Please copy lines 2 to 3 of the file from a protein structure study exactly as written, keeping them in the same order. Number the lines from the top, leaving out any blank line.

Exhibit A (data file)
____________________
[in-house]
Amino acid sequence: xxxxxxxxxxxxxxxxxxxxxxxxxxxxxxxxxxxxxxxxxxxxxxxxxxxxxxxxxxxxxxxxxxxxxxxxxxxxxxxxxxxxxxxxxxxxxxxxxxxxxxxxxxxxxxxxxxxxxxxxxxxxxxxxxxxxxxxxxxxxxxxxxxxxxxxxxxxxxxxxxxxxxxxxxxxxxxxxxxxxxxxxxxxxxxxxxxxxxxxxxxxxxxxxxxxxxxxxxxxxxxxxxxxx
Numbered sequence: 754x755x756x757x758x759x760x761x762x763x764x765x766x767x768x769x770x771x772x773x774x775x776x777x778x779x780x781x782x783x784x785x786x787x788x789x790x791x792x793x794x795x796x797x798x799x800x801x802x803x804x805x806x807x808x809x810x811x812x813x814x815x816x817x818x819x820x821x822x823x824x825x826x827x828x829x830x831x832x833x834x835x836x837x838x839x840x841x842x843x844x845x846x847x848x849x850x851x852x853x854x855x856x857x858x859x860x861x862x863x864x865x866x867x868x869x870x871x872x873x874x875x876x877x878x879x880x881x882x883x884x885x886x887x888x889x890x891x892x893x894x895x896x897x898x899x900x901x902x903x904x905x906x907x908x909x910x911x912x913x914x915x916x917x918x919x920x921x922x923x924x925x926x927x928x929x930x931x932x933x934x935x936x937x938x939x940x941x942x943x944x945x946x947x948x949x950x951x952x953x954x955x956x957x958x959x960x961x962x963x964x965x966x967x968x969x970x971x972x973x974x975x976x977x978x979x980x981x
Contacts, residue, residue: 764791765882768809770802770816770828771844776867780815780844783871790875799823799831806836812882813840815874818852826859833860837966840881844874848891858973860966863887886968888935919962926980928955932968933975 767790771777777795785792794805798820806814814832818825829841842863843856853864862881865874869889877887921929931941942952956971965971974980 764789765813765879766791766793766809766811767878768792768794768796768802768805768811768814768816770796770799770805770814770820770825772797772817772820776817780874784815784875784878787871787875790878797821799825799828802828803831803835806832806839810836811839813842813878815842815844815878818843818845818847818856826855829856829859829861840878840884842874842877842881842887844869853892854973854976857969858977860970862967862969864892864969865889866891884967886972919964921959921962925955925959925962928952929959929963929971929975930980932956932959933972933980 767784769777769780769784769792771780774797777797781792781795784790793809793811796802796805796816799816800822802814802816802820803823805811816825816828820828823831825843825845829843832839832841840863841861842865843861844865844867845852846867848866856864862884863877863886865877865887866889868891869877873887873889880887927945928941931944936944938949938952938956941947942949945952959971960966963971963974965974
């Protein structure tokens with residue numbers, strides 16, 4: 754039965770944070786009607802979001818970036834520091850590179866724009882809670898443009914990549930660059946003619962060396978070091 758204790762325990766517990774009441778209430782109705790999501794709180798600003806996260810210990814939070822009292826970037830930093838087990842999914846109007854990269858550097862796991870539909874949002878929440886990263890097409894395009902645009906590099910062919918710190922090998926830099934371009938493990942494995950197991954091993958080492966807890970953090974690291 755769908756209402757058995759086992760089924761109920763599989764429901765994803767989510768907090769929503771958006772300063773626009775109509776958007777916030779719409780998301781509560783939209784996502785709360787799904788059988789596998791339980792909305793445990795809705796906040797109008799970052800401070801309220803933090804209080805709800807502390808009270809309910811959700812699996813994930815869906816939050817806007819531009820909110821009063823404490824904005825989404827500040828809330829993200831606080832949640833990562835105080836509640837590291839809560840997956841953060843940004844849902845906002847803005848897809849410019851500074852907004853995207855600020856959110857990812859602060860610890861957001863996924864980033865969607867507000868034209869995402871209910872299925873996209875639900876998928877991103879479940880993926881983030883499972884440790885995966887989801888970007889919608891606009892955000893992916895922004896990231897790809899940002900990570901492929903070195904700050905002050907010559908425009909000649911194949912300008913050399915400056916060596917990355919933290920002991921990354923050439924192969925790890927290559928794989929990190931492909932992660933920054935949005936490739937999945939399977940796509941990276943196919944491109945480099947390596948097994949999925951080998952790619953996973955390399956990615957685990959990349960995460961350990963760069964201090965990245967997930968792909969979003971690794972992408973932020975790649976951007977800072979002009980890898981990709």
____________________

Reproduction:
Amino acid sequence: xxxxxxxxxxxxxxxxxxxxxxxxxxxxxxxxxxxxxxxxxxxxxxxxxxxxxxxxxxxxxxxxxxxxxxxxxxxxxxxxxxxxxxxxxxxxxxxxxxxxxxxxxxxxxxxxxxxxxxxxxxxxxxxxxxxxxxxxxxxxxxxxxxxxxxxxxxxxxxxxxxxxxxxxxxxxxxxxxxxxxxxxxxxxxxxxxxxxxxxxxxxxxxxxxxxxxxxxxxxxxxxxxxxx
Numbered sequence: 754x755x756x757x758x759x760x761x762x763x764x765x766x767x768x769x770x771x772x773x774x775x776x777x778x779x780x781x782x783x784x785x786x787x788x789x790x791x792x793x794x795x796x797x798x799x800x801x802x803x804x805x806x807x808x809x810x811x812x813x814x815x816x817x818x819x820x821x822x823x824x825x826x827x828x829x830x831x832x833x834x835x836x837x838x839x840x841x842x843x844x845x846x847x848x849x850x851x852x853x854x855x856x857x858x859x860x861x862x863x864x865x866x867x868x869x870x871x872x873x874x875x876x877x878x879x880x881x882x883x884x885x886x887x888x889x890x891x892x893x894x895x896x897x898x899x900x901x902x903x904x905x906x907x908x909x910x911x912x913x914x915x916x917x918x919x920x921x922x923x924x925x926x927x928x929x930x931x932x933x934x935x936x937x938x939x940x941x942x943x944x945x946x947x948x949x950x951x952x953x954x955x956x957x958x959x960x961x962x963x964x965x966x967x968x969x970x971x972x973x974x975x976x977x978x979x980x981x